“A couple of years back,” he continued in a low voice, “cholera broke out on the Missouri - Kansas border, at a town called Mindenmines. Miners were dying like flies. People left that place in droves. But, two or three didn’t, Mr. Quinn. One of them that stayed was Annie Holt. She stayed and nursed about fifty of those miners back to health. She fed them and took care of them, changed their clothes and bedding, and risked her life for them. Now those miners think a lot of that girl, and their friends do too, so you’d best not talk down on her. You just never know who’s going to be listening. She’s good people, and don’t you ever forget it.” Matt stood staring at the man for a few more seconds. “Is that clear?”

***

A few minutes later, Matt was standing down by the creek when he heard a light step behind him.

Annie stopped beside him and stood looking out over the water. “I heard what you said, back there. I’m not sure you’re entirely right, but thanks anyway.”

He shrugged and smiled at her. “It’s all true, Annie. Folks are grateful. I’m grateful, and I think you’ll find that most people who count are on your side.”

She looked over to where Mrs. Prescott was talking to the cattle buyer. “Not everyone is.”

He turned and looked. Smiling, he said. “What do you know? She’s giving up on me already.” He turned his steady gaze on Annie. “I said the folks that count, not people like her. Why go back to Abilene, Annie? You’ve surely got some money set by. Even if you don’t, I know many a man who’ll give you a stake with no strings attached. Why don’t you just walk away? Find some cowpoke and make him happy the rest of your life.”

“You think I could?” Annie’s voice was skeptical. “Just that easy? I’ve thought about it, but I’m always afraid to try.” She glanced up at him. “Anyway, who’d want a retired dance-hall floozy?”

He was about to answer when Miguel called from the top of the coach. “Marshal, we got company.”

Matt turned to see who was coming and felt a cold knot start in his stomach. Easterners were always asking how to tell the difference between a wild Indian and a tame one. At that time back East, there were people who hadn’t seen anything wild, much less an Indian. They did their jobs during the day, then at night went to music concerts, strolled along the boardwalks and tipped their hats to the constable on the corner.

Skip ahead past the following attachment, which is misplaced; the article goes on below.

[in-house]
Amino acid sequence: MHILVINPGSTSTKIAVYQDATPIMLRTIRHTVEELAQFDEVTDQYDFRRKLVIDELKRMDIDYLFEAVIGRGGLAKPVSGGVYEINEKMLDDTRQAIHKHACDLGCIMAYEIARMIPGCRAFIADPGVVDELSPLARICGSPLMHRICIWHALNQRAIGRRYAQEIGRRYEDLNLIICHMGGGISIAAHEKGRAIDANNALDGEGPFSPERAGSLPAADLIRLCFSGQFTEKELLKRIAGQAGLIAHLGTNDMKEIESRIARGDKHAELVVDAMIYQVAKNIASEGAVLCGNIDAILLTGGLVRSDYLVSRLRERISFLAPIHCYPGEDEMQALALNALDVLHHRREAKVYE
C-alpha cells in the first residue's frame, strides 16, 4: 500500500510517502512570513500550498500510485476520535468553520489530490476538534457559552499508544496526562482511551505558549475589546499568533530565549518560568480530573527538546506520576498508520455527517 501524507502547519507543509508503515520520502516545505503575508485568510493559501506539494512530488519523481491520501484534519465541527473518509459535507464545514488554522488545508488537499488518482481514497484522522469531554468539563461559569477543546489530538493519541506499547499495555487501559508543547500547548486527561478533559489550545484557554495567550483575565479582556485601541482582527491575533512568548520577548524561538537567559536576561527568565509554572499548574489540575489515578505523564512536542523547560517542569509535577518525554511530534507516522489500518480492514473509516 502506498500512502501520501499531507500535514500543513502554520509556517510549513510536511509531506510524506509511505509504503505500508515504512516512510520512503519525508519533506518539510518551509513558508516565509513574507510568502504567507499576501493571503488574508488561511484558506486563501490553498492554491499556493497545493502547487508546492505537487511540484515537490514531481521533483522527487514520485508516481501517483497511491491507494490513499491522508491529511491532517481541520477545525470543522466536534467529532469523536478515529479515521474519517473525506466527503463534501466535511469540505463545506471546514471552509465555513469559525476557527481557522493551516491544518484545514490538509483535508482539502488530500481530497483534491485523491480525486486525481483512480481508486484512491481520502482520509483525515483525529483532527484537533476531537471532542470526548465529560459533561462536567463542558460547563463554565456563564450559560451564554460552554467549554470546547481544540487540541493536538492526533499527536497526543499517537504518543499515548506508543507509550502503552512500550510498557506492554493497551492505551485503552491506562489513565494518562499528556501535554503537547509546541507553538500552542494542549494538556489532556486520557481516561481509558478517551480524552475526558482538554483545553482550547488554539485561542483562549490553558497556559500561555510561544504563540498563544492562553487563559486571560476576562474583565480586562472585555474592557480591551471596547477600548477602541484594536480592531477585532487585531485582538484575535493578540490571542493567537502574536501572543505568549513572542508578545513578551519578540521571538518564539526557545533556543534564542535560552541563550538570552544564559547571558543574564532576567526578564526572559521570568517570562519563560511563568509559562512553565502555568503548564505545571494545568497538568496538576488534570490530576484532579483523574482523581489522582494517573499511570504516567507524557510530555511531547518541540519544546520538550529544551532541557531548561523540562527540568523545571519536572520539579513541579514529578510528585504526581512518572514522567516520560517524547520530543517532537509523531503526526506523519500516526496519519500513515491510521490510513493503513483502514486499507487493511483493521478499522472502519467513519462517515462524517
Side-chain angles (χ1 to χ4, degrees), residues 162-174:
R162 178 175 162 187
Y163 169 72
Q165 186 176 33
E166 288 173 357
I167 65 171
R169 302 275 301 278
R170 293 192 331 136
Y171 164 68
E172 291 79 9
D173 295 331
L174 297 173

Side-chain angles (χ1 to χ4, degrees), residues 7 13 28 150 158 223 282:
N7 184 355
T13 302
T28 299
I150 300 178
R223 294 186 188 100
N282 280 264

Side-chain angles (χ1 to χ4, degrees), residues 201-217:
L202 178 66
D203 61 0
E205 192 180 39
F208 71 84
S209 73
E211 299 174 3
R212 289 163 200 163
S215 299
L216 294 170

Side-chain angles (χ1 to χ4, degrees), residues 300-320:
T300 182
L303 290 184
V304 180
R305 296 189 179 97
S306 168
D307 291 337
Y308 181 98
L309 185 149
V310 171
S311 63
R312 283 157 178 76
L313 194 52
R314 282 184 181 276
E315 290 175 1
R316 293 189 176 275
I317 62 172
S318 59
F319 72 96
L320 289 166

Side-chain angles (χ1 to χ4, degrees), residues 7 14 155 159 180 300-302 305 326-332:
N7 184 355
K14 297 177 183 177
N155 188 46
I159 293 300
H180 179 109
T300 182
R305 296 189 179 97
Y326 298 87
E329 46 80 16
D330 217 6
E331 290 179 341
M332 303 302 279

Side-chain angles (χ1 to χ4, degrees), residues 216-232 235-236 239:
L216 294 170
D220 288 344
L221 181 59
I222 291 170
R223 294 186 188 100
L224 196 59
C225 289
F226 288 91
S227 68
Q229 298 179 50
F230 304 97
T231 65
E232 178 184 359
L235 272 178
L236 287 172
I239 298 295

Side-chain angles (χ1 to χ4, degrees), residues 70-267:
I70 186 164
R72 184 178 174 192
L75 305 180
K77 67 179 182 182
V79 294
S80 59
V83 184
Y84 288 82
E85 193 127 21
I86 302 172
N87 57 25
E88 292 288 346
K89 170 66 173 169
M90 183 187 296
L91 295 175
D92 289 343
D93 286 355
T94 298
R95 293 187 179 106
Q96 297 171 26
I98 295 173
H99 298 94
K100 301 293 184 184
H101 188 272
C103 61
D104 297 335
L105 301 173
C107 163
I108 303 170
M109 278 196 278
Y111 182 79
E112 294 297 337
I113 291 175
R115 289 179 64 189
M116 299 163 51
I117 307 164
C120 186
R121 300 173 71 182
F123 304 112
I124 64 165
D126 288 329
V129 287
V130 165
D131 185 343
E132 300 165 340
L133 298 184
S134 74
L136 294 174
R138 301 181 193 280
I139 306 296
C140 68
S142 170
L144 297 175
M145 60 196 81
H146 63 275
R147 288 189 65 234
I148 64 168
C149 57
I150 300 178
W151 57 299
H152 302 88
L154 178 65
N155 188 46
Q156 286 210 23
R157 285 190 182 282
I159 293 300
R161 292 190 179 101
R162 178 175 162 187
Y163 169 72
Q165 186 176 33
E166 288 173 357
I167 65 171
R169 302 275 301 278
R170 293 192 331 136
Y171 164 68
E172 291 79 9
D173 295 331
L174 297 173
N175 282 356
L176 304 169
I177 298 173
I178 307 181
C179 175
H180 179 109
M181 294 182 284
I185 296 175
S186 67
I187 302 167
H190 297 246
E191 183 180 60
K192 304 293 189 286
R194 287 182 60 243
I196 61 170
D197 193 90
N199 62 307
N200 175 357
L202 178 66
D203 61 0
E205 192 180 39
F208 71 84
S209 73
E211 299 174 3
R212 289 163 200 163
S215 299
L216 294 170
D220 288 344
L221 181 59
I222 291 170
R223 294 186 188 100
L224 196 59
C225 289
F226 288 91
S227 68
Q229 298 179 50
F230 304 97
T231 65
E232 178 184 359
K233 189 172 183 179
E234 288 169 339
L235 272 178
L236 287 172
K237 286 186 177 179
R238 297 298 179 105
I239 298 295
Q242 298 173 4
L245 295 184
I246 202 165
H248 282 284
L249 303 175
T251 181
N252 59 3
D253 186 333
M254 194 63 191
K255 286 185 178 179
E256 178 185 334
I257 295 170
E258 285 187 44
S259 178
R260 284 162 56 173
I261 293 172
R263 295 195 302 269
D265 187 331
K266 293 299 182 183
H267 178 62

Wild Indians? Some people would say there is no difference. Those people never saw the Kiowa, or Sioux, or Cheyenne in his own domain. The old timers would say you feel the difference in your gut. It’s the same feeling you get when you’re pushing through thick brush and come face to face with a mountain cougar or prairie rattler. Matt had that feeling now—that cold knot in his belly, knowing that what he would say and do in the next few minutes could mean life or death for all of them.

Sitting on their horses about fifty yards out into the prairie were three Kiowa. Straddling their ponies like the princes of the plains that they were, they sat loose jointed and relaxed—and painted for war. Their faces were streaked with red and yellow, and the horses were painted with circles and dots. They decorated the horse’s manes with bits of bone, feathers, and medicine bags. Two of the Indians had rifles, and the one in front carried a lance adorned with fresh scalps and eagle feathers. These men were neither downtrodden, nor apt to beg. This was their land, and they would control every inch of it or die trying.

As the rest of the passengers converged on the stage, Matt told them. “No shooting, unless they start it, but I want every gun we have in plain sight. Even the women should have a gun. We’re in a bad spot here.” He looked curiously at the trio of Indians. Since they hadn’t laid an ambush and simply killed them all, he knew they wanted something. All he had to do was find out what and keep their hair in the process.

As the three Indians rode closer, he stepped out to meet them. They drew up in front of him and he got his first good look at the leader. The knot in his stomach got bigger. He didn’t know if it was good luck, or bad, that he knew him. Wild Pony hadn’t agreed to any treaties and refused to be carted off to a reservation. A few years ago, he’d left a trail of bodies and burned ranches from Texas to the Missouri river.

In the fleeting moments before he spoke, Matt remembered the first time he’d met with Wild Pony. It was in the panhandle country of Texas, and he was forted up in a buffalo wallow with four other cowhands. They’d been busting strays out of the thickets when they were jumped by a band of Kiowa. The cowhands were young, and so were the bucks. The first volley of gunfire had netted nothing for either side. Had the young Kiowa been with older warriors, it would have been a lot different.

The wranglers made it to the natural fortress of a buffalo wallow, all carrying brand new Henry repeaters and saddlebags full of ammunition. The Kiowa were stubborn. To return home without scalps would be a disgrace but, so were the cowhands.

The battle lasted all day, with a last-ditch charge by the Kiowa with the sun at their backs. After the dust and gun smoke settled, two men were left standing. Wild Pony came walking out of the dusty sunset carrying a slain warrior over his shoulder. Matt rose up from the buffalo wallow, half dazed from a bullet graze along his scalp. Both men were startled to see each other, and simply stared—too tired to do anything else. Wild Pony finally broke the silence.

“It is a battle to be remembered. Many brave men died today. It is enough.”